Technology is often used to solve problems in new and different ways. Delivering novel solutions is fraught with uncertainty and unknowns, plus technology is often complex, requiring people with different skill sets and perspectives on the world to work together.
To genuinely use technology to solve problems, the organisation needs to treat it as a core competency and empower those that understand it to devise solutions, rather than simply treating it as an overhead and delivery function.
In my experience, many organisations struggle to do this because it requires a leap of faith and mindset shift, particularly at a leadership and organisational level. Often, those further down the organisation involved in hands on delivery and closer to the customer/user are trying to adopt many of the practices mentioned above but struggle to do so effectively because of how the company is organised, managed and led. So you need to consciously and deliberately create the environment for this to happen.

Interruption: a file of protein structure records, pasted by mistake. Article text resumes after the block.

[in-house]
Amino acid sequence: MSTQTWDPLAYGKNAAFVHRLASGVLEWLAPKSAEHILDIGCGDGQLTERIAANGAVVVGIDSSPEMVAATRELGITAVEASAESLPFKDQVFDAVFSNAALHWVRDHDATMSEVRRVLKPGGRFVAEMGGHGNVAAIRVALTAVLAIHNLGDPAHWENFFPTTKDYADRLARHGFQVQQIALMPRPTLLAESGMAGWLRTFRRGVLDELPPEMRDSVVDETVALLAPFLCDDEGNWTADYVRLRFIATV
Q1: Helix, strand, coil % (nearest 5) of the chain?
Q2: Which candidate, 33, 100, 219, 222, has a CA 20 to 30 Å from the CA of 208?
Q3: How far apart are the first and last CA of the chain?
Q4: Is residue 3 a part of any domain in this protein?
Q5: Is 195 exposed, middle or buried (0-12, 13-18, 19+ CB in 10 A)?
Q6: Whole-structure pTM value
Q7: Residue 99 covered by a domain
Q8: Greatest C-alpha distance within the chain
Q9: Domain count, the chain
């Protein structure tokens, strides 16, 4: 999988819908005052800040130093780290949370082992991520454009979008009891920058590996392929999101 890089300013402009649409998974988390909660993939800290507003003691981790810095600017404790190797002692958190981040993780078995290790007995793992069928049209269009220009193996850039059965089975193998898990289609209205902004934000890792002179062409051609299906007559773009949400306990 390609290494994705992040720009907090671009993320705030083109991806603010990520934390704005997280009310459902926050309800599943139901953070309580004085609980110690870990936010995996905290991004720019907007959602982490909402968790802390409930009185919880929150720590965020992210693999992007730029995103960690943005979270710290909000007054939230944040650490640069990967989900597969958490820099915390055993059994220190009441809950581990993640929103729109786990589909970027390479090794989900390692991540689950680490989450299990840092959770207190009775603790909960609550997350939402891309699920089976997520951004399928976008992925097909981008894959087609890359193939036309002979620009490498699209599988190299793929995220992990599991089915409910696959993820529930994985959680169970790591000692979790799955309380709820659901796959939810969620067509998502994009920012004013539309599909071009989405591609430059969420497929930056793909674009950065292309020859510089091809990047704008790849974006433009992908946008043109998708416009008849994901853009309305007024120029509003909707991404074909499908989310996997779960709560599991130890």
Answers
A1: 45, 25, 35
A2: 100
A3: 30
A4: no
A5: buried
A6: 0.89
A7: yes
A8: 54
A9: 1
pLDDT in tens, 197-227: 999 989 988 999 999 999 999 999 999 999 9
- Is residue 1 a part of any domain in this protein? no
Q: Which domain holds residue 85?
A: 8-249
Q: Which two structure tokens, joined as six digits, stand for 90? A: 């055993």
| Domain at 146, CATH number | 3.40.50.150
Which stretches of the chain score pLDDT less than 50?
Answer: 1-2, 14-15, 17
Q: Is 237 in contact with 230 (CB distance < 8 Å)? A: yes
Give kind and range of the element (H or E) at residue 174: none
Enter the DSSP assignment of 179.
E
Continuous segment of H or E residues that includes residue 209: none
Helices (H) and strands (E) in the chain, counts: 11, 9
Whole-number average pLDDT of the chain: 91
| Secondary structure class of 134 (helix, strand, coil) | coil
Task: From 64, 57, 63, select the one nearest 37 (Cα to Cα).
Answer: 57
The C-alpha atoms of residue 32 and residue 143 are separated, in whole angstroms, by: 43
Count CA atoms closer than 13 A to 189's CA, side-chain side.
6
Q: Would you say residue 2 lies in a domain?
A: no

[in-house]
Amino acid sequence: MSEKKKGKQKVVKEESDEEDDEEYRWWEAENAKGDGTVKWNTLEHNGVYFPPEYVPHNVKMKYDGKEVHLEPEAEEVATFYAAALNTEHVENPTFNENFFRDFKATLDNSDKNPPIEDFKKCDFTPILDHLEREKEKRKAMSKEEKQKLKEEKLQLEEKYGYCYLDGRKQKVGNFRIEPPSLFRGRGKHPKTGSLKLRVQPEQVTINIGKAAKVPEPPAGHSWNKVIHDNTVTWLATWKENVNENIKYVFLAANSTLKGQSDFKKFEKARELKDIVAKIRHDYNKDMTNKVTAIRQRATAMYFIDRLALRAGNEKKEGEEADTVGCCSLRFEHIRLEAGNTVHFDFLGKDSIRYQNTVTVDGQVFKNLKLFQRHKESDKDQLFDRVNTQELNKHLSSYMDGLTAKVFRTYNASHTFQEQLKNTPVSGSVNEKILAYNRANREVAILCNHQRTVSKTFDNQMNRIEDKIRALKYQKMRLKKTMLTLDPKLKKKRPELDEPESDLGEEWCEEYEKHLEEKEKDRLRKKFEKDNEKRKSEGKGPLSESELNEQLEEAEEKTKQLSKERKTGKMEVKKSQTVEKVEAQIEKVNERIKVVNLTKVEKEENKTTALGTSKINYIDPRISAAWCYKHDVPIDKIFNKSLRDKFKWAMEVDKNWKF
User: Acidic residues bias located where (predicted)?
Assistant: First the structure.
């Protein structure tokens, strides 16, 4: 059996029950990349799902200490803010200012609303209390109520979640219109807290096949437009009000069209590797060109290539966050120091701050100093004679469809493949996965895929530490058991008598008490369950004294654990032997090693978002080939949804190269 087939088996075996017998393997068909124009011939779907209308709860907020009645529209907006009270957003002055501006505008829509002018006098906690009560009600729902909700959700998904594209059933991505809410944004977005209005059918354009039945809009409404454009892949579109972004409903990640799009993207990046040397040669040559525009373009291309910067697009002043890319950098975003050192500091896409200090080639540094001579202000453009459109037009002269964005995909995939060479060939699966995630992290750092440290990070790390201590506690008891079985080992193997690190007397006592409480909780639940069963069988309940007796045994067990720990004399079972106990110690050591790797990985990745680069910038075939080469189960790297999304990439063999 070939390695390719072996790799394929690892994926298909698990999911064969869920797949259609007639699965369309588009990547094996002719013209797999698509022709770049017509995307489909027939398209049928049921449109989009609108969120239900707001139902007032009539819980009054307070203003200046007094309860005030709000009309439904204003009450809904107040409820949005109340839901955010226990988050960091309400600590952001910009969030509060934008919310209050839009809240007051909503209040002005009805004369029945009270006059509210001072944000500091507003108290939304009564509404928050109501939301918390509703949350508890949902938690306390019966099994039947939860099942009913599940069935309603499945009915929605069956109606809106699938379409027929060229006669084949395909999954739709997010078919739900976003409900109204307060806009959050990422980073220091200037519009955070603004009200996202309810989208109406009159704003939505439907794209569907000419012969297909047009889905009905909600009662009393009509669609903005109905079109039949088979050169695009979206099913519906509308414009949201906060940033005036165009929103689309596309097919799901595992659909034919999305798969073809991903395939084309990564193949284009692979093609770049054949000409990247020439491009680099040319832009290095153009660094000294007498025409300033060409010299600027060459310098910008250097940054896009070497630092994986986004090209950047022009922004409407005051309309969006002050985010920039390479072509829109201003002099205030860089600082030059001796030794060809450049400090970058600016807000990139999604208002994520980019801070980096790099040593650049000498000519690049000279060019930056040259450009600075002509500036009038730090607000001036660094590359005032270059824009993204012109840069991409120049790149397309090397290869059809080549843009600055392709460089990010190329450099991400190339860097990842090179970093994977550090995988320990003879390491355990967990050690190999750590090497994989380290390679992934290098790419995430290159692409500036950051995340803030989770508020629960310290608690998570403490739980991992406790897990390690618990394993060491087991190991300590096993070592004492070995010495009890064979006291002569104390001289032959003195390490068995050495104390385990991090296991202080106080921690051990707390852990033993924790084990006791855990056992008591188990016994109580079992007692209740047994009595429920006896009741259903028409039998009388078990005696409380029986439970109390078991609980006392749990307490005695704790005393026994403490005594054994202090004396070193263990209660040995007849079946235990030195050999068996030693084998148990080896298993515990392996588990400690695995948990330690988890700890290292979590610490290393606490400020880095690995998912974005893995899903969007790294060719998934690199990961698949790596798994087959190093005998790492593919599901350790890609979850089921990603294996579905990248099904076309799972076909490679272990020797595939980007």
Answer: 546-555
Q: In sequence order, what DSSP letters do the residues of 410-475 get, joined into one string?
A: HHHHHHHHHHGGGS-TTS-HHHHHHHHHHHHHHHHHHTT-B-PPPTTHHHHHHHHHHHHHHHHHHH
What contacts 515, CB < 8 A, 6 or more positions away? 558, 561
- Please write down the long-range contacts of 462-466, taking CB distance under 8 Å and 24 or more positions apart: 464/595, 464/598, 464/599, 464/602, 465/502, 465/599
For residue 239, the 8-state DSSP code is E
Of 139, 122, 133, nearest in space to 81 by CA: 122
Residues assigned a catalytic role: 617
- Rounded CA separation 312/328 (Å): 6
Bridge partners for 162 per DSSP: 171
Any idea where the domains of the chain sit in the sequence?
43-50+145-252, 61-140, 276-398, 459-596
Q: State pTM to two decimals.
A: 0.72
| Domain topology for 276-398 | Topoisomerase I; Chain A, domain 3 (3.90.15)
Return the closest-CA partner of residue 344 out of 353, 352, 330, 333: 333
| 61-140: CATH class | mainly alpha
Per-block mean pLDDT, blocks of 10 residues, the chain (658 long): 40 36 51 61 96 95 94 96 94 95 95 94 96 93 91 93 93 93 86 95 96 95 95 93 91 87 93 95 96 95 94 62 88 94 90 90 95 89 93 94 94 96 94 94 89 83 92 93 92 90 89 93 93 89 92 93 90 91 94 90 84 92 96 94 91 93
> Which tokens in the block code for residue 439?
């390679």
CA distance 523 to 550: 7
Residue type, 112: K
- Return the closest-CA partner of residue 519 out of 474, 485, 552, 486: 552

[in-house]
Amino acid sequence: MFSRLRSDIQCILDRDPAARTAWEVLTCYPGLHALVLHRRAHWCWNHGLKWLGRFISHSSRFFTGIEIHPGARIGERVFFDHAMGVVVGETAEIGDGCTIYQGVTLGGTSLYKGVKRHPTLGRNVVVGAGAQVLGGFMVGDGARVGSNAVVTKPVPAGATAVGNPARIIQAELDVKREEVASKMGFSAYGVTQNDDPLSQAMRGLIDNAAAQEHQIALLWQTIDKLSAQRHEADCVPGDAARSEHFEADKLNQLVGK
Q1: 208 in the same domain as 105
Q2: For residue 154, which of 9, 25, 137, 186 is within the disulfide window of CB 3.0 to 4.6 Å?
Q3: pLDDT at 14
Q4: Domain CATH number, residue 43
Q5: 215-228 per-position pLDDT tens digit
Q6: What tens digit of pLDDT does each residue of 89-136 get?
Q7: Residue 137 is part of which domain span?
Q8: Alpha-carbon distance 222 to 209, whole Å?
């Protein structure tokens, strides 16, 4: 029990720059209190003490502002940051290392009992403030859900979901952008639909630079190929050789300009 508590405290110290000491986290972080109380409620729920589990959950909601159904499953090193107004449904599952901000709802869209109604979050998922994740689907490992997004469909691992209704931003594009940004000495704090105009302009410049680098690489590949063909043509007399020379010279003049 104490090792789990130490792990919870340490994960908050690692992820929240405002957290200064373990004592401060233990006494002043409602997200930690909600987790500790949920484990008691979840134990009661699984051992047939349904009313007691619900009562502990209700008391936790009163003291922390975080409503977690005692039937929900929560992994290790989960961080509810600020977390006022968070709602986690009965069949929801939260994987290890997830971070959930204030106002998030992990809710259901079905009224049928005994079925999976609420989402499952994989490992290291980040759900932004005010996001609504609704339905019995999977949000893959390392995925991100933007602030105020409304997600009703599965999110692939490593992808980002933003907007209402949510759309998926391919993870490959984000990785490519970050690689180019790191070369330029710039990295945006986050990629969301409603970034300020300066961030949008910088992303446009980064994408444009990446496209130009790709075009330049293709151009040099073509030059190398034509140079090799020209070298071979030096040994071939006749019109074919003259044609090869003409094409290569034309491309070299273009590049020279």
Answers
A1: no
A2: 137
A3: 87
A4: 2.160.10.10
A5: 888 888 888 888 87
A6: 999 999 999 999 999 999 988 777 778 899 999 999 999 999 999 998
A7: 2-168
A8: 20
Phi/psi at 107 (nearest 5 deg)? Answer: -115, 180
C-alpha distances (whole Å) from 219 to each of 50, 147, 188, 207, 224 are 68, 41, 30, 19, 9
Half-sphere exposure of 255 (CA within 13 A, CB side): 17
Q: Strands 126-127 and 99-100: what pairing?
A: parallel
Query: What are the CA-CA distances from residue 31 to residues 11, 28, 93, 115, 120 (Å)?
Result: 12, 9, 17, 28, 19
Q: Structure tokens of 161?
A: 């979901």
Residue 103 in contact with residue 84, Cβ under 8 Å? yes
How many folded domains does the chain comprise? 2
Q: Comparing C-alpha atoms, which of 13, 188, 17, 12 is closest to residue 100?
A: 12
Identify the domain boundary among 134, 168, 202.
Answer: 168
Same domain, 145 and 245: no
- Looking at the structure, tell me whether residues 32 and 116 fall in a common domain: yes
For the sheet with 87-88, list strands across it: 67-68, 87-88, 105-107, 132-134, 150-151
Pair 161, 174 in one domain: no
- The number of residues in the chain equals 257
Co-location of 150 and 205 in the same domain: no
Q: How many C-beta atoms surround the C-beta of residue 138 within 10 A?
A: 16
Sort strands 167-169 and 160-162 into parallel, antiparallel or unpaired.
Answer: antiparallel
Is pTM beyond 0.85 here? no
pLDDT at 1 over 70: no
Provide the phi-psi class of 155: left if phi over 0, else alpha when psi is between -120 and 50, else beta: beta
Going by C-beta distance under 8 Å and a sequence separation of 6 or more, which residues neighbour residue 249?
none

The default position is often management deciding what needs to be delivered and handing over to teams to deliver. Sometimes this also means that one team designs it and hands it over to another team to deliver it.
This fundamentally means that teams have less understanding of what problems they are solving and so do not solve it in the best possible way - teams are often closer to the customers and understand the technical constraints better.
Giving them solutions means that they feel less ownership over it - they may even clearly see why it won’t work - and so typically they deliver less than an empowered team tasked with problems to solve that they understand and care about.
Ultimately, it also means you’re measuring the output, rather than the impact. And impact is what really matters to customers and the success of the business.